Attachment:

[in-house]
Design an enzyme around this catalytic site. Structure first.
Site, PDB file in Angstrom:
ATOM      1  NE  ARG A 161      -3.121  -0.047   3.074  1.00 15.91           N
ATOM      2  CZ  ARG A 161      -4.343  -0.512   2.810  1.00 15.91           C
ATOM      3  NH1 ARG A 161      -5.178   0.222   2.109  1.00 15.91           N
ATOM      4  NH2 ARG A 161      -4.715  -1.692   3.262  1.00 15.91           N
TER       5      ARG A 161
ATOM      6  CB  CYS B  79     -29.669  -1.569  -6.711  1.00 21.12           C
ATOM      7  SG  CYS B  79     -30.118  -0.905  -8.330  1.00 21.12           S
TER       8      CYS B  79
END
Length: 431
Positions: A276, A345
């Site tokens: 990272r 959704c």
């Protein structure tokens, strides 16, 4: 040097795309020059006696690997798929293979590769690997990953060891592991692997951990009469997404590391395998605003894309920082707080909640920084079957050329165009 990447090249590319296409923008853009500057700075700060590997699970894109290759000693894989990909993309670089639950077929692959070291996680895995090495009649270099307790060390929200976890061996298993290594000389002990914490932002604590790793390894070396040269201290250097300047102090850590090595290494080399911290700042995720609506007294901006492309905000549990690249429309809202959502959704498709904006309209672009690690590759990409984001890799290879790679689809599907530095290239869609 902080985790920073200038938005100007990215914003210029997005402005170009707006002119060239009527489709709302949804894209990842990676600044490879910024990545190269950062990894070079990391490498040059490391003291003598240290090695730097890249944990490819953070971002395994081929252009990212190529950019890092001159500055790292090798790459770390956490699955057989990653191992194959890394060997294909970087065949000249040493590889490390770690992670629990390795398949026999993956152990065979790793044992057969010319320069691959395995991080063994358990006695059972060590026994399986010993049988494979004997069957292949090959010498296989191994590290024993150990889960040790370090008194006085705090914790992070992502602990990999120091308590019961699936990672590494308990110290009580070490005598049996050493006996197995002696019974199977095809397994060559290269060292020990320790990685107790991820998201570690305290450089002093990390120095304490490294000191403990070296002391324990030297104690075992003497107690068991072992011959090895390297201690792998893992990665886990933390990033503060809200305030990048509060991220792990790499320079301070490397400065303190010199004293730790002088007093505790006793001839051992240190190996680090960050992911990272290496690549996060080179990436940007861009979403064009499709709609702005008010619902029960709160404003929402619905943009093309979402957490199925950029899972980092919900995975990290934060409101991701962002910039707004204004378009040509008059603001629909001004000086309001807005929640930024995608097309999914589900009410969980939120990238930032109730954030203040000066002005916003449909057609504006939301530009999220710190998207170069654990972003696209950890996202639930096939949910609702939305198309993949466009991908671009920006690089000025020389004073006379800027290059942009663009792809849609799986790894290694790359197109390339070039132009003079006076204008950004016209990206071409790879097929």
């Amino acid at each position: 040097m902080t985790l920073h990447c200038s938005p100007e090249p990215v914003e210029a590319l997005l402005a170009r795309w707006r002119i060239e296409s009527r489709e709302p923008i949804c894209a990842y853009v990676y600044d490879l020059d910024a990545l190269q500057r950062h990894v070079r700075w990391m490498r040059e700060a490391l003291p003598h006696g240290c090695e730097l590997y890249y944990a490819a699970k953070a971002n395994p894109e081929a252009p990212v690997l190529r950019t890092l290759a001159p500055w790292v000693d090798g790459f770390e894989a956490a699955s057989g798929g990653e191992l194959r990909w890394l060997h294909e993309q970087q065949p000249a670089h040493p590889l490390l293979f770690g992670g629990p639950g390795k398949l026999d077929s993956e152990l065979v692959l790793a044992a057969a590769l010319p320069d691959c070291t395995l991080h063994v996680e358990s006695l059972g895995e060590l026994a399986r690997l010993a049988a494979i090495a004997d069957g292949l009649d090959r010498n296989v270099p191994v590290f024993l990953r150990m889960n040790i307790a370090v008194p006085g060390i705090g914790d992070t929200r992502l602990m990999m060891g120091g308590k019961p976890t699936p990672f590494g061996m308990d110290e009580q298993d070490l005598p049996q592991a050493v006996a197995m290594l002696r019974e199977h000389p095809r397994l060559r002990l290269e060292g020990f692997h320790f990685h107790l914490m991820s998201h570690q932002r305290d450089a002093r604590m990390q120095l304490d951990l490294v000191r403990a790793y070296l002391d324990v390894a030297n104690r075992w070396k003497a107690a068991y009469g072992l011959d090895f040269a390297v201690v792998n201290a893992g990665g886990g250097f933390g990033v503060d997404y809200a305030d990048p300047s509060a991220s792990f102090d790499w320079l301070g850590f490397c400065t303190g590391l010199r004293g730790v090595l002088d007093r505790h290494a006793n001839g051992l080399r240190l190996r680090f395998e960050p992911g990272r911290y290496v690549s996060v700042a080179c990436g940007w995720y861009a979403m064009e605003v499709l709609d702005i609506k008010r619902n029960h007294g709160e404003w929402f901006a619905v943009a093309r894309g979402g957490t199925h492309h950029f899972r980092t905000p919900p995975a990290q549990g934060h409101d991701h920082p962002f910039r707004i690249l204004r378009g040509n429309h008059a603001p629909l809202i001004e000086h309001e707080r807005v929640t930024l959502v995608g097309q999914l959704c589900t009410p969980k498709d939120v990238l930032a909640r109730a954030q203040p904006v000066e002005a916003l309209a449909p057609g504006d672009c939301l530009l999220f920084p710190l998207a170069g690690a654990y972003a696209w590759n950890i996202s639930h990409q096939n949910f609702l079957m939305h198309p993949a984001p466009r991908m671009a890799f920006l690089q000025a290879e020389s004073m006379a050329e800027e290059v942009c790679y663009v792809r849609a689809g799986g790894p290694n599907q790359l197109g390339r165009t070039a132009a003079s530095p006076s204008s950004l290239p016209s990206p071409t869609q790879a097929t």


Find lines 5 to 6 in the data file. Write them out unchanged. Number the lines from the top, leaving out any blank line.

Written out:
ATOM      2  CZ  ARG A 161      -4.343  -0.512   2.810  1.00 15.91           C
ATOM      3  NH1 ARG A 161      -5.178   0.222   2.109  1.00 15.91           N